Illustration shows a programmable “molecular robot” — a sub-microscopic machine made of synthetic DNA that can move among different branches of a molecular track while carrying cargo.
have developed a programmable “molecular robot”
molecular machine made of synthetic DNA that moves between track
locations separated by 6 nm. The robot, a short strand of DNA, follows
instructions programmed into a set of fuel molecules determining its
destination. The report, which represents a step toward futuristic
nanomachines and nanofactories, appears in ACS’s Nano Letters (“A Programmable Molecular Robot”).
Turberfield and colleagues at the Clarendon Laboratory at the
Univ. of Oxford point out that other scientists have developed
similar DNA-based robots, which move autonomously. Some of these use a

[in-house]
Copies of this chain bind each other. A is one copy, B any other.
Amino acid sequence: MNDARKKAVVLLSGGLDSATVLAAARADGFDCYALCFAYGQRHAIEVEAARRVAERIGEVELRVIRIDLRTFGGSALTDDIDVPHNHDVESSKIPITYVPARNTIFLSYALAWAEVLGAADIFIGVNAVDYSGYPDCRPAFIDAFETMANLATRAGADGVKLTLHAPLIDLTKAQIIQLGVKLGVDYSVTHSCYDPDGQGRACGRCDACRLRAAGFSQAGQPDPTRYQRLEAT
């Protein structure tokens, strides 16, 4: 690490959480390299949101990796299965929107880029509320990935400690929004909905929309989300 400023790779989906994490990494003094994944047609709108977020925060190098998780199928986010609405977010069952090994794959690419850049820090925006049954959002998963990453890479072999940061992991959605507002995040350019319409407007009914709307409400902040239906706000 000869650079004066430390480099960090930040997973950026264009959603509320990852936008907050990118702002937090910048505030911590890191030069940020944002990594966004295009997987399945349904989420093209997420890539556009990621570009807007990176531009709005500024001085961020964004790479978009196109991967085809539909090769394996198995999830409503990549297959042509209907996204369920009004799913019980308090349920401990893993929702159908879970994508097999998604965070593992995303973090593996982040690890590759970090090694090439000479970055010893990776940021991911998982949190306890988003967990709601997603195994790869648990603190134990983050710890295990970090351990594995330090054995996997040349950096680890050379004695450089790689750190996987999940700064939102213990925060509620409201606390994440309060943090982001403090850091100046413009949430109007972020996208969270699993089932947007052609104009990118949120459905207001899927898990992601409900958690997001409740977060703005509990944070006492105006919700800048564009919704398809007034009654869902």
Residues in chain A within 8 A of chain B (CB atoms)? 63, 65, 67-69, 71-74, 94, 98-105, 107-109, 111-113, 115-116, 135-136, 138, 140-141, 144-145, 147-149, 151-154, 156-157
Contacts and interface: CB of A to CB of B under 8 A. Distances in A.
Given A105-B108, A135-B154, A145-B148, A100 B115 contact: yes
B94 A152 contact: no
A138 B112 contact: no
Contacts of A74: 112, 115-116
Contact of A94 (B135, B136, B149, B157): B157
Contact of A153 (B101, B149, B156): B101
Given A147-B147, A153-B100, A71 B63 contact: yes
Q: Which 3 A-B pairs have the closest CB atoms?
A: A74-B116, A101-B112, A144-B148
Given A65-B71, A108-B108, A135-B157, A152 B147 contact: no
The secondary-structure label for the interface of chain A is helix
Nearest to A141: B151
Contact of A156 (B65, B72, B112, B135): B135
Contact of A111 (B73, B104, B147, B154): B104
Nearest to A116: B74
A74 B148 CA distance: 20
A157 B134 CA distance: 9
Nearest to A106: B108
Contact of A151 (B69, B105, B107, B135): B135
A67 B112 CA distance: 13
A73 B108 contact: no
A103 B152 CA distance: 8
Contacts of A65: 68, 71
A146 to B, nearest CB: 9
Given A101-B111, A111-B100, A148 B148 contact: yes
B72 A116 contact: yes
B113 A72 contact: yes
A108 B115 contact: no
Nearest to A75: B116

biped design and move by alternately attaching and detaching themselves
from anchor points along the DNA track, foot over foot, when fuel is
added. Scientists would like to program DNA robots to autonomously walk
in different directions to move in a programmable pattern, a key to
harnessing their potential as cargo-carrying molecular machines.
scientists describe an advance toward this goal—a robot that can be
programmed to choose among different branches of a molecular track,
rather than just move in a straight line. The key to this specialized
movement is a so-called “fuel hairpin,” a molecule that serves as both a
chemical energy source for propelling the robot along the track and as a
routing instruction. The instructions tell the robot which point is
should move to next, allowing the selection between the left or right
branches of a junction in the track, precisely controlling the route of
the robot—which could potentially allow the transport of
pharmaceuticals or other materials.